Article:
Etymology
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baby boom (n.)

"temporary marked increase in the birth rate," coined 1941 from baby (n.) + boom (n.2); derivative baby-boomer (member of the one that began in the U.S. in 1945) is recorded by 1963 (in newspaper articles when they began to approach college age); earlier it had sometimes meant "a young kangaroo."

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back down (v.)

in figurative sense of "withdraw a charge," 1859, American English, from the notion of descending a ladder, etc. (such a literal sense is attested by 1849); from back (v.) + down (adv.).

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back off (v.)

"retreat, stop annoying someone," by 1938, from the verbal phrase, from back (v.) + off (adv.).

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back seat (n.)

also back-seat, 1832, originally of coaches, from back (adj.) + seat (n.). Used figuratively for "less or least prominent position" by 1868. Back-seat driver "passenger who gives the driver unwanted advice" is attested by 1923.

You know him. The one who sits on the back seat and tells the driver what to do. He issues a lot of instructions, gives advice, offers no end of criticism and doesn't do a bit of work. ["The Back Seat Driver," Wisconsin Congregational Church Life, May 1923]
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back up (v.)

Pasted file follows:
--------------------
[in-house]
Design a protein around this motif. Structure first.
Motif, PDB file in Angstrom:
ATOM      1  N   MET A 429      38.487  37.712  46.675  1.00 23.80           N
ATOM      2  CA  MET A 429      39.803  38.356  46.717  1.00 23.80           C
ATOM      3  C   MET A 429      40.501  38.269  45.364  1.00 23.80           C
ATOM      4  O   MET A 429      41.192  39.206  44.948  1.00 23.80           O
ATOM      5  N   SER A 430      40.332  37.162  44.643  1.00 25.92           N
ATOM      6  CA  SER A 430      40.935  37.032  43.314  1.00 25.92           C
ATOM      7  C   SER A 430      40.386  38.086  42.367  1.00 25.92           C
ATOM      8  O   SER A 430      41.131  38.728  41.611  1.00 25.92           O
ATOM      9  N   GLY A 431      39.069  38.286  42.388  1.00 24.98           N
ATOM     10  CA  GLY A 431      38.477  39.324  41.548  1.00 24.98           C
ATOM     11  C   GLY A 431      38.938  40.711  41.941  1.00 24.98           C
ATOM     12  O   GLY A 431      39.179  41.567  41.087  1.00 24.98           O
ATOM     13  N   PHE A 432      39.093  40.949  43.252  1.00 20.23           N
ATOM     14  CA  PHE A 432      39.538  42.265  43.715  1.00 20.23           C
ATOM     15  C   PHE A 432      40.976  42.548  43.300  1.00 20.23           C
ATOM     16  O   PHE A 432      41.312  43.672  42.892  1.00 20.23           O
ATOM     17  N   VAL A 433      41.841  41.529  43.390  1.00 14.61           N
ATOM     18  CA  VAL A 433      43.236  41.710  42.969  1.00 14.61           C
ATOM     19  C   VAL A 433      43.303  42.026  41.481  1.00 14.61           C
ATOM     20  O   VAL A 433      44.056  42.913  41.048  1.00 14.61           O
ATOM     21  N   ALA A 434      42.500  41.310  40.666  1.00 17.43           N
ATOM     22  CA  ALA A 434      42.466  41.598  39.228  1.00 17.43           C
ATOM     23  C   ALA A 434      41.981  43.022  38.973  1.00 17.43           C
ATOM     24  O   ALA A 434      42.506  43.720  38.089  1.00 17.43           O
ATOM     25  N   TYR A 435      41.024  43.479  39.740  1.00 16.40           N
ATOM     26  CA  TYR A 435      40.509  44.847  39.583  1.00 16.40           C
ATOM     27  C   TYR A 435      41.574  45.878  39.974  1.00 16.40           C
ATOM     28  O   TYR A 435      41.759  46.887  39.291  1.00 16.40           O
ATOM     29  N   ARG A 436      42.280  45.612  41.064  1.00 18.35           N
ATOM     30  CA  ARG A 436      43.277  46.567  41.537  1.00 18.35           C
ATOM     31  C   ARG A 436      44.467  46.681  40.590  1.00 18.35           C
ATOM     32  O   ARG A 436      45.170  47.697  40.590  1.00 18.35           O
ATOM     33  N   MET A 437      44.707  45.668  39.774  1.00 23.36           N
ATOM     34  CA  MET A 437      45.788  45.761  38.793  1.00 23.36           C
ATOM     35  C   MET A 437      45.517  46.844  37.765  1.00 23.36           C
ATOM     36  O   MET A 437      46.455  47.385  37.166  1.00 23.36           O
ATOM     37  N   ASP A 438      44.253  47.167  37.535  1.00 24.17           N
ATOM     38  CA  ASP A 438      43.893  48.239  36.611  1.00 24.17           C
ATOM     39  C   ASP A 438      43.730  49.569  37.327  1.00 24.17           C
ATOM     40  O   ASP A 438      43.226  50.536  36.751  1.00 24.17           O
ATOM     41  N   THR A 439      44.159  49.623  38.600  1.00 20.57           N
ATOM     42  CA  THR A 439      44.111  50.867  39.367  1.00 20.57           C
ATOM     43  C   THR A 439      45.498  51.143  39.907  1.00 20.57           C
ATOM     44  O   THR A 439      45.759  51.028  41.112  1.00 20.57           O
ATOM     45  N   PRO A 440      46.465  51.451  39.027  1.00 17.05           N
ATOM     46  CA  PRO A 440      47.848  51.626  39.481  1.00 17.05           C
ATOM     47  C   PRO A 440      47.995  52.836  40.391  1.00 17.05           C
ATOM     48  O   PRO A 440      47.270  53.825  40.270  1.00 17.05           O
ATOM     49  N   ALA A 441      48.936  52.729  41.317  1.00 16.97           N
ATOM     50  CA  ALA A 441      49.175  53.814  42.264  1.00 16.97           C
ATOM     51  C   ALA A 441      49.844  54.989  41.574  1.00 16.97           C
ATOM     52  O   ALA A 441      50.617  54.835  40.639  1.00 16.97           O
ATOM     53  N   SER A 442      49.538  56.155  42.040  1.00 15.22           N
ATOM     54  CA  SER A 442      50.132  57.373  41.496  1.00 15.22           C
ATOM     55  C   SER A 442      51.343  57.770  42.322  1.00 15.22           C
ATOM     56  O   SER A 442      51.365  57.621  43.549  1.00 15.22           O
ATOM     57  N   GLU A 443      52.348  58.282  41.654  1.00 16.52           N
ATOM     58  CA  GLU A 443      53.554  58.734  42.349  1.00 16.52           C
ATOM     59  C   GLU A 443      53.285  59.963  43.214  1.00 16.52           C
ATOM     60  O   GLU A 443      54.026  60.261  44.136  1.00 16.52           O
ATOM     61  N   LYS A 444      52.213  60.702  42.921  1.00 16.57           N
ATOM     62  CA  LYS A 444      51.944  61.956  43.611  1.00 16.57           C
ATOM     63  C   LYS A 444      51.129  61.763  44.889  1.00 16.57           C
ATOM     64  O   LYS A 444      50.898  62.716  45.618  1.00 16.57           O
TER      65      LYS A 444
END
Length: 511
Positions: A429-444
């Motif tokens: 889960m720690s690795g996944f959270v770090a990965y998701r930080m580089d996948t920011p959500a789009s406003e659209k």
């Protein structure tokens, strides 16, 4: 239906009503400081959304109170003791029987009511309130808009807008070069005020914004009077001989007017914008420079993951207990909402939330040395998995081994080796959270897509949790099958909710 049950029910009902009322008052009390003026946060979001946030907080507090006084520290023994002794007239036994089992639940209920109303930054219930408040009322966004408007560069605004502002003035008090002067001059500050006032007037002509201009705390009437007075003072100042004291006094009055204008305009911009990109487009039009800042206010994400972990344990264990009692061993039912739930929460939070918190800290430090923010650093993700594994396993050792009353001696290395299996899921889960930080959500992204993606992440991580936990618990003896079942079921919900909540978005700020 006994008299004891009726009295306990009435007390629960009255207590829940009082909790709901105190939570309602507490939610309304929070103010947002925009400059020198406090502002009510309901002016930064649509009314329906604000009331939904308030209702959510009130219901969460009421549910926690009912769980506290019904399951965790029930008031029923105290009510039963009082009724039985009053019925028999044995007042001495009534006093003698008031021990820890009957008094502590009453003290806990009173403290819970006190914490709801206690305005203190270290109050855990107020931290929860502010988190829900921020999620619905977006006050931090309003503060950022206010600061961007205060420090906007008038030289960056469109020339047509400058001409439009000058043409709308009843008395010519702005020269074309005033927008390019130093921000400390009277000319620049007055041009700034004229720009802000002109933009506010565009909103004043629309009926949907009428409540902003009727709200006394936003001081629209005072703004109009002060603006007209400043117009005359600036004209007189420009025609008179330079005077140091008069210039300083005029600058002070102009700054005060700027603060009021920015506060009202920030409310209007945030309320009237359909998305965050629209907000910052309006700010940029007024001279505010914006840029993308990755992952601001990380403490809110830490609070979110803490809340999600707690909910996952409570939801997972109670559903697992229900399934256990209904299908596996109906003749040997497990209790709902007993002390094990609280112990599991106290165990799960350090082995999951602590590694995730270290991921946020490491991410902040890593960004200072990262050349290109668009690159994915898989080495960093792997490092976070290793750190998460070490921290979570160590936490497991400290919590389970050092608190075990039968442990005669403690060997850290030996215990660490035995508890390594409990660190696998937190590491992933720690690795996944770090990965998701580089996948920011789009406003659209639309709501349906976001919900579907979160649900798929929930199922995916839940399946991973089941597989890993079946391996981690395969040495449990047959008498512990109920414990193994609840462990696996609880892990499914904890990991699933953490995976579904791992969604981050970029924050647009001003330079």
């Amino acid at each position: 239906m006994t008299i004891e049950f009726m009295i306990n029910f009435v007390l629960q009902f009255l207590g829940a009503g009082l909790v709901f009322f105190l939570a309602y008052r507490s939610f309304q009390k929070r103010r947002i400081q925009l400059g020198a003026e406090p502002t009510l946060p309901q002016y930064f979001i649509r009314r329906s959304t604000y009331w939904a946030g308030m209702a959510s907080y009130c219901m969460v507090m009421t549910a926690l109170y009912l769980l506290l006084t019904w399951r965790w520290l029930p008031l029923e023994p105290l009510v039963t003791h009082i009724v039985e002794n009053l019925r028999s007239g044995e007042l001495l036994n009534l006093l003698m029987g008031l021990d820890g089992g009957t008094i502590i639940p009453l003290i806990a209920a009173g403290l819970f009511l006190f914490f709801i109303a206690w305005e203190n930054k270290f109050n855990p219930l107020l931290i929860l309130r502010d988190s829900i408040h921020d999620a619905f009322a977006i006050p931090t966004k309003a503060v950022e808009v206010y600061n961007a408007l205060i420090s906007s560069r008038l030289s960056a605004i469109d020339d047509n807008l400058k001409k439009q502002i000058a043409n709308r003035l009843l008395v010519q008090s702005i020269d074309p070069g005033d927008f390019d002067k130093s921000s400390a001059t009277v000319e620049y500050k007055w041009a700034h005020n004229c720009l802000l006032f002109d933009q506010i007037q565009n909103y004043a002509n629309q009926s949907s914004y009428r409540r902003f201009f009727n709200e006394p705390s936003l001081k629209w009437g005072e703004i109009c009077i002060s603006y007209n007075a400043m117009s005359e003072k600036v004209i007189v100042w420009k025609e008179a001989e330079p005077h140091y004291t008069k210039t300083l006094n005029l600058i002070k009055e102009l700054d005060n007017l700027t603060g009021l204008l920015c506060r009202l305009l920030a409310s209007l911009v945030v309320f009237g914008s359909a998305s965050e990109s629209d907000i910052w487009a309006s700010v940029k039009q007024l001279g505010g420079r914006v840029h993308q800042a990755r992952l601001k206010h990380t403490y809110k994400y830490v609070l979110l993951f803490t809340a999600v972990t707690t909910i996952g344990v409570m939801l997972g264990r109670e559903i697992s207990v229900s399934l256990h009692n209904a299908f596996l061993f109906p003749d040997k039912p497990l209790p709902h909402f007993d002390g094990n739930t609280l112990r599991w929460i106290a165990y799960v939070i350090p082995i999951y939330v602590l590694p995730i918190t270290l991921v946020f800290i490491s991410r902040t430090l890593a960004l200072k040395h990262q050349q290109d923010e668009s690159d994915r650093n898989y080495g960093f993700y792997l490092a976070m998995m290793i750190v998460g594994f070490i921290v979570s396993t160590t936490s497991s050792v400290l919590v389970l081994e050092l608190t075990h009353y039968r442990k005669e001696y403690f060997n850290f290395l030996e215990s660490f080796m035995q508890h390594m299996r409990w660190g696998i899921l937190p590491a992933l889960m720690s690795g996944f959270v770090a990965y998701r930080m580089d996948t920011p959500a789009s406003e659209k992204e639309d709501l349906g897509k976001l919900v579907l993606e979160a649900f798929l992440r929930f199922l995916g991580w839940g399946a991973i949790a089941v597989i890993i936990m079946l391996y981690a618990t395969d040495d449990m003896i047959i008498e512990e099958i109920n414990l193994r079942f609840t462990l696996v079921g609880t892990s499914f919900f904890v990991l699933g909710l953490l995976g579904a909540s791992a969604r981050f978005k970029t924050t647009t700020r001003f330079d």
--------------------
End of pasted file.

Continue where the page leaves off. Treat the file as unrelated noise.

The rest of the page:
1767, "stand behind and support," from back (v.) + up (adv.). The meaning "move or force backward" is by 1834. Of water prevented from flowing, by 1837.

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ball and chain (n.)

a type of prisoner's restraint, 1818; used figuratively by 1883 of foolish, wasteful habits; as "one's wife," 1920.

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banana republic (n.)

"small Central American state with an economy dependent on banana production," 1901, American English.

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barbed wire (n.)

also barb wire, "fencing wire with sharp edges or points," 1863, American English; see barb (n.) + wire (n.). Originally for the restraint of animals.

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basket case (n.)

1919, American English, originally a reference to rumors of quadriplegics as a result of catastrophic wounds suffered in World War I (the U.S. military authorities vehemently denied there were any such in its hospitals), from basket (n.) + case (n.2). Probably literal, i.e., stuck in a basket, but basket had colloquial connotations of poverty (begging) and helplessness long before this. The figurative sense of "person emotionally unable to cope" is from 1921.

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Bat Mitzvah 

1941, literally "daughter of command;" a Jewish girl who has reached age 12, the age of religious majority. Extended to the ceremony held on occasion of this.

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